Tuesday, October 30, 2012

Investigate BPD shooting of gas worker and dog

I am sending this to members of local media, and to Mayor Matt Ryan:

There are a lot of facts which don't add up
in what's being reported on this story.

Two major points:

  • Was deadly force used on man and dog LAST RESORT?
  • Was forced used the minimum necessary for restraint?
  • Do the facts give to us by the police make sense?
B: Press should investigate correlation of high-incidents
of violent and anti-social behavior in gas workers to
job-related chemical exposures.

First a couple of complaints about how this was reported:

1) newspaper used passive voice "the dog was shot"
rather than identifying the human subject, the doer,
i.e., the officer who did it. It softens the cruel act of killing a dog.
"Officer XXXX shot the man's dog". 

I don't use guns and I can subdue nearly any dog with my hands and voice.

The initial killing of the dog was likely a provakative act to the man.
This FIRST BLOOD (killing the dog) should be very much looked into.

The duty of the Press is to be a CHECK on people of power,
not be their PR agents. Please do not cut the police any slack
and ask tough questions here.

A man was killed. A dog was killed here.
This is a serious matter.

2) PSB article says the BPD tried to "deescalate" the situation,
which makes me think of negotiations. NOPE: they use a TASER!
I would not use the word "TASER" (deadly force) to mean de-escalate.

3) While the man is being TASERed, he manages to fire off a shot?

4) Was this necessary force?

Did the cops respond by shooting the man dead with one skillful shot?
No, response is a spray of 100 shots!
Are they just really bad shots?

Or are trigger-happy men prone to extreme violence
who are in fact a menace to public safety
who should maybe be stripped of their badge and a gun?

We need the names of every police officer
who fired a round of ammo that day.

6: Blood alcohol level of 0.26? This is associated with stupor and unconsciousness.
This is a TOXIC amount of BAC. Could he have managed to fire a shot with this elevated BAC?

From Cris McConkey: ``This is a tragedy for all involved, but when you write "that surely could have been avoided" getting to the root of the behavior that led to this tragedy is not an easy task, as evidence by the police chief's comment "What was going through his mind, we don't know".  The article states "When tested, Spohn was found to have a blood-alcohol content of 0.26 percent".  The article does not say exactly when or how he was tested.  From a blood alcohol chart on Wikipedia, for a B.A.C. of 0.20–0.29, the associated behaviors are: Stupor; Loss of understanding; Impaired sensations; and Possibility of falling unconscious.  Given this, I think is is a legitimate question to ask why over 100 shots?  Clearly on the law enforcement side this is not an acceptable outcome.  ``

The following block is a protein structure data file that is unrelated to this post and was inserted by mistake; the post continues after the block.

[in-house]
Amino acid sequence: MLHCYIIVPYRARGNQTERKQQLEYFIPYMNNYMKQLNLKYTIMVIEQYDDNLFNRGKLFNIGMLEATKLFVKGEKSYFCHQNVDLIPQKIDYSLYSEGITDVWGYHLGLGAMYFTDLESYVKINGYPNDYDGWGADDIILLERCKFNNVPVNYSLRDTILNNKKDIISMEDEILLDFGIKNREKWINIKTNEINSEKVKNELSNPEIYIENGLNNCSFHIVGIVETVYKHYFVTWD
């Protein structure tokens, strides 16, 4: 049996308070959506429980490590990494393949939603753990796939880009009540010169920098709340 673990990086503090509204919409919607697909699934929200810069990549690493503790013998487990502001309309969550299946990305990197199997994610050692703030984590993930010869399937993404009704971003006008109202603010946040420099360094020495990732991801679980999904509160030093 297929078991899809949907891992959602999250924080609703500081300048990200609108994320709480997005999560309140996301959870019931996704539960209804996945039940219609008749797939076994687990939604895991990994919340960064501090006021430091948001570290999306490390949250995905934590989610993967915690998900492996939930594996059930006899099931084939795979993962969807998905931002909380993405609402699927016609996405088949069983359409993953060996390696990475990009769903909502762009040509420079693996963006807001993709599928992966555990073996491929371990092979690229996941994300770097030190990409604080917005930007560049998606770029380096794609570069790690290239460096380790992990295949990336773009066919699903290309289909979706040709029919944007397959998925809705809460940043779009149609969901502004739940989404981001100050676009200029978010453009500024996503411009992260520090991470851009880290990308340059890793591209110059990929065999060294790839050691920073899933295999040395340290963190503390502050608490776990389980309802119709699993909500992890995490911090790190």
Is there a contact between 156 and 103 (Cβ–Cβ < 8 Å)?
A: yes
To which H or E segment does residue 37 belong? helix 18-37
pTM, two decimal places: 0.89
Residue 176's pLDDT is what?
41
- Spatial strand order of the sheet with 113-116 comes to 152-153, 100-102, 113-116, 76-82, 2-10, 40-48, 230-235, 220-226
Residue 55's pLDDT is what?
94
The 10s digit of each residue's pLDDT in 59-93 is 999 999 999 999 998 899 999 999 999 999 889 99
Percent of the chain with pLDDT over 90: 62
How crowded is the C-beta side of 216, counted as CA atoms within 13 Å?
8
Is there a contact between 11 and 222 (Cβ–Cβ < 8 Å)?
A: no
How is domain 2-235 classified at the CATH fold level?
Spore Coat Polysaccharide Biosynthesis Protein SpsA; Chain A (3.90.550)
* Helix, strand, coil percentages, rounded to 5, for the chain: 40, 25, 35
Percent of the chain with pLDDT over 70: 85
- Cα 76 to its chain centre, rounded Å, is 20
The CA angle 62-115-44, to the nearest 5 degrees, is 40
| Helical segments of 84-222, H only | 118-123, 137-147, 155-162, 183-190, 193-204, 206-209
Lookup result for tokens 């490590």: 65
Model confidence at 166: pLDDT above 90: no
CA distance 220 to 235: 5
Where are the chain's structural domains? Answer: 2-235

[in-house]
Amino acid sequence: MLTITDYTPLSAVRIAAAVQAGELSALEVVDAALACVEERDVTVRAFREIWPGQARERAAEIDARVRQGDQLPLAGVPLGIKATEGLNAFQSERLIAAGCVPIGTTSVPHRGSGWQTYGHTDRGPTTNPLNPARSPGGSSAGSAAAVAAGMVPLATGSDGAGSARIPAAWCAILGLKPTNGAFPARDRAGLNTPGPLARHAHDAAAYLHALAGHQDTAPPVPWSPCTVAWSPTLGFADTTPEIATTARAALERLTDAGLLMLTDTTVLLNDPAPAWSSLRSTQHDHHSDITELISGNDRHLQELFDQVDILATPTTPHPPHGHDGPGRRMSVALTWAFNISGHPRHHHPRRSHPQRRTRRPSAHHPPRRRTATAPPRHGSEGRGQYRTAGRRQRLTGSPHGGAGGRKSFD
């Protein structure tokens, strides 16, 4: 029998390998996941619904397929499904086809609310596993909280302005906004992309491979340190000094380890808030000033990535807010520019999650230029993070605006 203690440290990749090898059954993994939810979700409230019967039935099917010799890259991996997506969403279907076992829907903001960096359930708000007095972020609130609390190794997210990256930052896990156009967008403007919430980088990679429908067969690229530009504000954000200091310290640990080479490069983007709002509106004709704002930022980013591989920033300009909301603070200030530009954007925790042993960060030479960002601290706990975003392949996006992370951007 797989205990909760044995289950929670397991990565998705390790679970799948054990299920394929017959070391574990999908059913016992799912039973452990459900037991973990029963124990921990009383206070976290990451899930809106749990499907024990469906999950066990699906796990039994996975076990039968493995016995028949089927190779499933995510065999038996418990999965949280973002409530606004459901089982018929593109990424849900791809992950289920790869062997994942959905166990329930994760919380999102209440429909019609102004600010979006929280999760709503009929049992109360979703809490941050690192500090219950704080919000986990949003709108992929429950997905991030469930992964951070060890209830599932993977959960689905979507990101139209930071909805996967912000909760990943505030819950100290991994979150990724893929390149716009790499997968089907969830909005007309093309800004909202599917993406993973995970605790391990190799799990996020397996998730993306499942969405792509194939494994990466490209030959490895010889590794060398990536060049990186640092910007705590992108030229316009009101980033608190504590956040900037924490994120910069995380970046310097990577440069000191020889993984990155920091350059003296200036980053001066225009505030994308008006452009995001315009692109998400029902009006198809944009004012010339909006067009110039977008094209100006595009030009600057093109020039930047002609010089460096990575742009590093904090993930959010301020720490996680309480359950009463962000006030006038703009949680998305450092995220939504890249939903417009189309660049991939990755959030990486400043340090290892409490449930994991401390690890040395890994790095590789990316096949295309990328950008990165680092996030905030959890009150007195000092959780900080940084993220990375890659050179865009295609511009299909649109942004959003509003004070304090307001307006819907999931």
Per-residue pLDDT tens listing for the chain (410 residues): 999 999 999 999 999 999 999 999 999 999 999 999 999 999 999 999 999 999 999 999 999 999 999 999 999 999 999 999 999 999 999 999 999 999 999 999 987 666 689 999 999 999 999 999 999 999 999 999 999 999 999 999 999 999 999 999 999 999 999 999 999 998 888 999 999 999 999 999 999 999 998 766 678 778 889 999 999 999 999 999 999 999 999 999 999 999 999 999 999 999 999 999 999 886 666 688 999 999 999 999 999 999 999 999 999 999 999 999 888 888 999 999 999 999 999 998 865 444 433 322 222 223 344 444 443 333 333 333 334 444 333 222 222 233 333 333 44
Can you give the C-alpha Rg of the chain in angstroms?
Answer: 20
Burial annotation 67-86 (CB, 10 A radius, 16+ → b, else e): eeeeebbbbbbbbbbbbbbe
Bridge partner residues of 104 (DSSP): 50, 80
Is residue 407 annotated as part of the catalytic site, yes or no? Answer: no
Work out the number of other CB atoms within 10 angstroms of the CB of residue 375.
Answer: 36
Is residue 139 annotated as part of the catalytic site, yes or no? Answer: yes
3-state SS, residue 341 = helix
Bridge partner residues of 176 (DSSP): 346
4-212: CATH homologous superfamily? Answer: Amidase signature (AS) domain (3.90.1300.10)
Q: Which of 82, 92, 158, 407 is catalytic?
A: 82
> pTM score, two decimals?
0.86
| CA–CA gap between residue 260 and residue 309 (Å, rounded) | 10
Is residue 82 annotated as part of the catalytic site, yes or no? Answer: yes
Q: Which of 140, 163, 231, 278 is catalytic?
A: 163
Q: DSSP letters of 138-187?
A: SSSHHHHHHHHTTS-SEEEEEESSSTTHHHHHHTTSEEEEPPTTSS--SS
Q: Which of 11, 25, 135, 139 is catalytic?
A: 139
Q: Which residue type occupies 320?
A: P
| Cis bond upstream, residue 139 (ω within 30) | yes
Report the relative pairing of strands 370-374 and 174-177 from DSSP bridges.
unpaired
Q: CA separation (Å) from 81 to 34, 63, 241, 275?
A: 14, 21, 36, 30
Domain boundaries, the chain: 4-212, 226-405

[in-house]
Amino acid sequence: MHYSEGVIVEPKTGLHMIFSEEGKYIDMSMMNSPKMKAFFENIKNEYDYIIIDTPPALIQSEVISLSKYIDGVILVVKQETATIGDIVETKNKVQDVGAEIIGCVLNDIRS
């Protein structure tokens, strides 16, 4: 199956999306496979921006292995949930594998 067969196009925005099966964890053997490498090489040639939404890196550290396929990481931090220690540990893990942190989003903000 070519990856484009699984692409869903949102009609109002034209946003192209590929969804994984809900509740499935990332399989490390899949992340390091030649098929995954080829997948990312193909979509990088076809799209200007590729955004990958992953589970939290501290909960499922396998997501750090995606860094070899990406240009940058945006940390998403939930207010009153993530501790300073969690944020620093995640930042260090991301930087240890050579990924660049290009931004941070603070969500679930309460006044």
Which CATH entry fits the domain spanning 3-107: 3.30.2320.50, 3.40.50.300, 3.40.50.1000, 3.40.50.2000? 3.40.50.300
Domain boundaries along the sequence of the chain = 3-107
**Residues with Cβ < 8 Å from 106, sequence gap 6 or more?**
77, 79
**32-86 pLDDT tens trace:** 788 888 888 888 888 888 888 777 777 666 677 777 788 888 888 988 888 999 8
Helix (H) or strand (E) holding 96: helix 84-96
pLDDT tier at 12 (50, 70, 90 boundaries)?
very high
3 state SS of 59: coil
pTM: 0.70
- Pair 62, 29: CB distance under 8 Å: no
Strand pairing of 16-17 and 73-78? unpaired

7: The need for Civilian Review Boards

Three branches of Government,
TWO have civilian bodies to oversee them.

Judicial Branch has Juries.
Legislative has Elected People's Representatives. 
Yet, Executive's Police remains UNCHECKED.

This is why there should exist empowered Civilian Review Boards
for executive police power, because there is such a potential for abuse.

The CRB should be able to have input into the hiring, firing,
and review the Chief and all officers, and also have
subpoena powers to review all cases of deadly force.

These cops do have a dangerous job, and they should constantly
undergo psychological counseling and testing to make sure
they are not likely to be abusive towards suspects or innocent bystanders,
and receive yearly mandatory training to only use necessary force.

That does not seem to have happened here.

Lastly, we need to know about the man's history,
and connect this to exposure to toxic chemicals used by the Gas Industry.

Cris McConkey: ``But returning to the behavior that led to this.  I left a comment on the earlier article regarding occupational exposure to manganese which I have included below.  In addition, my rather cursory internet search also brought up that exposure to iron in mining, welding or cutting fumes mitigates to some degree the effects of manganese, and I recall, though I cannot cite right now, a reference to alcohol leading to iron deficiency, leading to a higher susceptibility to manganism.  Maybe I am baking up a wrong tree, red herring, or whatever, but I think it is a legitimate question to ask.

Pay particular attention to the very last citation.   

"Standard steels have a manganese content of between 0.15-0.8% ...High strength low alloy (HSLA) steels contain 1.0-1.8% manganese and are used in oil and gas pipelines and shipbuilding..." http://metals.about.com/od/properties/a/Metal-Profile-Manganese.htm

"In initial stages of manganism, neurological symptoms consist of reduced response speed,irritability, mood changes, and compulsive behaviors. Upon protracted exposure symptoms are more prominent and resemble those of idiopathic Parkinson's disease..."

"Even low exposure to manganese, if under stress, is related to loss of impulse control and outburst of violent behavior..."
Biological Influences on Criminal Behavior By Gail S. Anderson
http://books.google.com/books?id=rxd2305M2gQC&pg=PA271 ``

I hope Binghamton Credentialed Press follow up on this story.

I am available for press interviews
on the need for civilian review boards.


May you, and all beings
be happy and free from suffering :)
-- ancient Buddhist Prayer (Metta)

1 comment:

city said...

thanks for sharing..